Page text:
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An examination of the precursor chemicals used in the manufacture of explosive compositions found within Improvised Explosive Devices (IEDs)

Chapter 7: Conclusion

No chemical precursor strategy can effectively prevent the ingenuity of criminals, armed groups and terrorists from making HME. Real success in restricting the proliferation of explosive precursors can only be achieved through an ongoing programme of awareness and cooperation between manufacturers, suppliers, retailers, and local / international law enforcement agencies, combined with the development of sound intelligence.

We do have a system of sorts, where the common regional and national response in addressing explosive precursors has been to restrict their access by limiting supply of chemicals above certain concentrations and making reportable the supply of other precursor chemicals in large quantities, or to suspicious individuals. These responses do make it much more difficult for individuals to develop HME, but they are incoherent and lose sight of chemical precursors in countries where institutional oversight is lacking.

The establishment of a global legislation on restriction, substitution or standardization of precursor chemicals, including those available at retail and online, should be considered. Such a global system would cost time and money to implement, would delay (not deny) access to a determined perpetrator, but knowing the direction of travel allows the international community the head space necessary to implement focused and proactive strategies.

To remain ahead of the game also requires focused discussion on upstream capacity building initiatives in affected States/Regions such as:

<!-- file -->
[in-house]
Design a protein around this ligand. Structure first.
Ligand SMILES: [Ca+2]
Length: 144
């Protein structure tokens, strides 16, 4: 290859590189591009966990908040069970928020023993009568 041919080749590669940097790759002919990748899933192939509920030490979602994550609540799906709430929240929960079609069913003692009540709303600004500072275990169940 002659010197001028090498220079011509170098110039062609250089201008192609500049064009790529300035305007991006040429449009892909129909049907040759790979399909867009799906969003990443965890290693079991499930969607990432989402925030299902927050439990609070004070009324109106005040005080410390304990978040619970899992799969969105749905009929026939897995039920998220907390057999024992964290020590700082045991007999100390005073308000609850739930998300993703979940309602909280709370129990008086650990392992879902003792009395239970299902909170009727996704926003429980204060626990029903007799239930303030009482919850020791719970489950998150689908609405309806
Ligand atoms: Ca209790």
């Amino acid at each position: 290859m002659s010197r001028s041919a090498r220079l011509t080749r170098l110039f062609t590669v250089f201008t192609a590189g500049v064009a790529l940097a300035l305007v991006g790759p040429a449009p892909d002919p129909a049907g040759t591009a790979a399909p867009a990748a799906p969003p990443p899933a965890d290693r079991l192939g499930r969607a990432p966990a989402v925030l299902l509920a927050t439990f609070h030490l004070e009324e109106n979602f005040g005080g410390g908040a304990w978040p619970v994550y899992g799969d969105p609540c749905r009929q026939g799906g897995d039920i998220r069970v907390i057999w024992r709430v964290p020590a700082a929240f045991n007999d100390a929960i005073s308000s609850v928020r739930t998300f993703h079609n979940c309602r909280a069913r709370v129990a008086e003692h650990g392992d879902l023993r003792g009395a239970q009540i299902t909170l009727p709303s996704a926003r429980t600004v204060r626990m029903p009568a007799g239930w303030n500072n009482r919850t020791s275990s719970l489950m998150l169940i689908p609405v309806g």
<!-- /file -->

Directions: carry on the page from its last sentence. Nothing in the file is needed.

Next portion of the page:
• improvements to the security and control of military and commercial explosives;
  • increased IED risk education within affected communities and the implementation of effective community policing initiatives;
  • the strengthening of national institutions to conduct counter-IED assessment and capability development (a good example being the UNIDIR C-IED capability maturity model);
  • improvements in border control; and
  • improved cooperation and information sharing through recovered evidence analysis and standardized data collection.

All of these measures reduce the impact of the IED within affected communities.

Finally, it remains impractical to impose a blanket ban on certain chemicals, since this would have a hugely negative impact on a range of industries. As such, those chemical precursors identified in Annex F should be considered the start point for discussion on global supply chain control.

Chapter 8: Case Studies and Annexes

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